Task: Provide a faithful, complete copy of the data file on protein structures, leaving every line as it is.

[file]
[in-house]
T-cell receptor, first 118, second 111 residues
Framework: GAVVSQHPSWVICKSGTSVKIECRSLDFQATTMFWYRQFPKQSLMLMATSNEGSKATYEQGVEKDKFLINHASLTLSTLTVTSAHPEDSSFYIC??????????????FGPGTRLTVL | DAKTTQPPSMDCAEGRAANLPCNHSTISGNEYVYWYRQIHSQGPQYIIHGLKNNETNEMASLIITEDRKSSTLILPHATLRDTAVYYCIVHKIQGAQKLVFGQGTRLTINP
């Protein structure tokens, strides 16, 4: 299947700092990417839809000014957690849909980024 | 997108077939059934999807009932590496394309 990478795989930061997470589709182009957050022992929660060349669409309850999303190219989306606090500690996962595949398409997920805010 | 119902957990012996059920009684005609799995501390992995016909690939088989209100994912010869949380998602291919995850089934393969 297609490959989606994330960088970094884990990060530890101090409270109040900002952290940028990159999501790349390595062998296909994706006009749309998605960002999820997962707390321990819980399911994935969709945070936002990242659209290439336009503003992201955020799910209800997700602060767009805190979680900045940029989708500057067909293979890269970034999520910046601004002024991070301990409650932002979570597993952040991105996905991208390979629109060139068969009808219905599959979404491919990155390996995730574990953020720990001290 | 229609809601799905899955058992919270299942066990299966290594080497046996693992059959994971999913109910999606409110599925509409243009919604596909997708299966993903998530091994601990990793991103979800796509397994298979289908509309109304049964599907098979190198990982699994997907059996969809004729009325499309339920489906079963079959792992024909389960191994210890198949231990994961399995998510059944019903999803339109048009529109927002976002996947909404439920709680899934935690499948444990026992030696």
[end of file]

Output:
[in-house]
T-cell receptor, first 118, second 111 residues
Framework: GAVVSQHPSWVICKSGTSVKIECRSLDFQATTMFWYRQFPKQSLMLMATSNEGSKATYEQGVEKDKFLINHASLTLSTLTVTSAHPEDSSFYIC??????????????FGPGTRLTVL | DAKTTQPPSMDCAEGRAANLPCNHSTISGNEYVYWYRQIHSQGPQYIIHGLKNNETNEMASLIITEDRKSSTLILPHATLRDTAVYYCIVHKIQGAQKLVFGQGTRLTINP
């Protein structure tokens, strides 16, 4: 299947700092990417839809000014957690849909980024 | 997108077939059934999807009932590496394309 990478795989930061997470589709182009957050022992929660060349669409309850999303190219989306606090500690996962595949398409997920805010 | 119902957990012996059920009684005609799995501390992995016909690939088989209100994912010869949380998602291919995850089934393969 297609490959989606994330960088970094884990990060530890101090409270109040900002952290940028990159999501790349390595062998296909994706006009749309998605960002999820997962707390321990819980399911994935969709945070936002990242659209290439336009503003992201955020799910209800997700602060767009805190979680900045940029989708500057067909293979890269970034999520910046601004002024991070301990409650932002979570597993952040991105996905991208390979629109060139068969009808219905599959979404491919990155390996995730574990953020720990001290 | 229609809601799905899955058992919270299942066990299966290594080497046996693992059959994971999913109910999606409110599925509409243009919604596909997708299966993903998530091994601990990793991103979800796509397994298979289908509309109304049964599907098979190198990982699994997907059996969809004729009325499309339920489906079963079959792992024909389960191994210890198949231990994961399995998510059944019903999803339109048009529109927002976002996947909404439920709680899934935690499948444990026992030696």